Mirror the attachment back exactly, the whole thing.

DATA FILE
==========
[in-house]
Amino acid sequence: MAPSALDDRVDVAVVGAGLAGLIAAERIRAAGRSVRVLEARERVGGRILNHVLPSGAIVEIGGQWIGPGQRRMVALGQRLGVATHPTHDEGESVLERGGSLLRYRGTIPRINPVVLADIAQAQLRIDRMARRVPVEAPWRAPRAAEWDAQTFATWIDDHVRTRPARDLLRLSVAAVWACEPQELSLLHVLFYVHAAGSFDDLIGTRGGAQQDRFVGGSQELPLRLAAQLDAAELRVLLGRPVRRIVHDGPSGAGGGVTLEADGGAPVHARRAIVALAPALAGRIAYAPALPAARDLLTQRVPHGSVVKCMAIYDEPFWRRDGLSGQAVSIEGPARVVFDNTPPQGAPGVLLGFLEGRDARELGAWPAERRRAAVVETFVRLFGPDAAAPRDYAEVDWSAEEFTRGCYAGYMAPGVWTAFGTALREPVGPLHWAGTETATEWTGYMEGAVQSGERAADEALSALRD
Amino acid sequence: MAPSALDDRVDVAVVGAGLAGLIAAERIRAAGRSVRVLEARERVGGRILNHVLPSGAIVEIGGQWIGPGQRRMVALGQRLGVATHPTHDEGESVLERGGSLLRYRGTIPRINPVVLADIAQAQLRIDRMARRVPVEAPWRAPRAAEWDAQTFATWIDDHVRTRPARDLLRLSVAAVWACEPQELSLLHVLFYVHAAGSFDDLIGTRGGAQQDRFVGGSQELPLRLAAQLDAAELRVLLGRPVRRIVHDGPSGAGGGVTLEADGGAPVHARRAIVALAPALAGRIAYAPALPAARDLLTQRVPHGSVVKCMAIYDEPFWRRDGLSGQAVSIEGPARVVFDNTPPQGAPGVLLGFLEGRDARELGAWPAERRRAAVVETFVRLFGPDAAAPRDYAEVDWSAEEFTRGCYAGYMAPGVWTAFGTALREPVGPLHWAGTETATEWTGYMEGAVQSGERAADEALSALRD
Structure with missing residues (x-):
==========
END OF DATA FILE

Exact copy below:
[in-house]
Amino acid sequence: MAPSALDDRVDVAVVGAGLAGLIAAERIRAAGRSVRVLEARERVGGRILNHVLPSGAIVEIGGQWIGPGQRRMVALGQRLGVATHPTHDEGESVLERGGSLLRYRGTIPRINPVVLADIAQAQLRIDRMARRVPVEAPWRAPRAAEWDAQTFATWIDDHVRTRPARDLLRLSVAAVWACEPQELSLLHVLFYVHAAGSFDDLIGTRGGAQQDRFVGGSQELPLRLAAQLDAAELRVLLGRPVRRIVHDGPSGAGGGVTLEADGGAPVHARRAIVALAPALAGRIAYAPALPAARDLLTQRVPHGSVVKCMAIYDEPFWRRDGLSGQAVSIEGPARVVFDNTPPQGAPGVLLGFLEGRDARELGAWPAERRRAAVVETFVRLFGPDAAAPRDYAEVDWSAEEFTRGCYAGYMAPGVWTAFGTALREPVGPLHWAGTETATEWTGYMEGAVQSGERAADEALSALRD
Amino acid sequence: MAPSALDDRVDVAVVGAGLAGLIAAERIRAAGRSVRVLEARERVGGRILNHVLPSGAIVEIGGQWIGPGQRRMVALGQRLGVATHPTHDEGESVLERGGSLLRYRGTIPRINPVVLADIAQAQLRIDRMARRVPVEAPWRAPRAAEWDAQTFATWIDDHVRTRPARDLLRLSVAAVWACEPQELSLLHVLFYVHAAGSFDDLIGTRGGAQQDRFVGGSQELPLRLAAQLDAAELRVLLGRPVRRIVHDGPSGAGGGVTLEADGGAPVHARRAIVALAPALAGRIAYAPALPAARDLLTQRVPHGSVVKCMAIYDEPFWRRDGLSGQAVSIEGPARVVFDNTPPQGAPGVLLGFLEGRDARELGAWPAERRRAAVVETFVRLFGPDAAAPRDYAEVDWSAEEFTRGCYAGYMAPGVWTAFGTALREPVGPLHWAGTETATEWTGYMEGAVQSGERAADEALSALRD
Structure with missing residues (x-):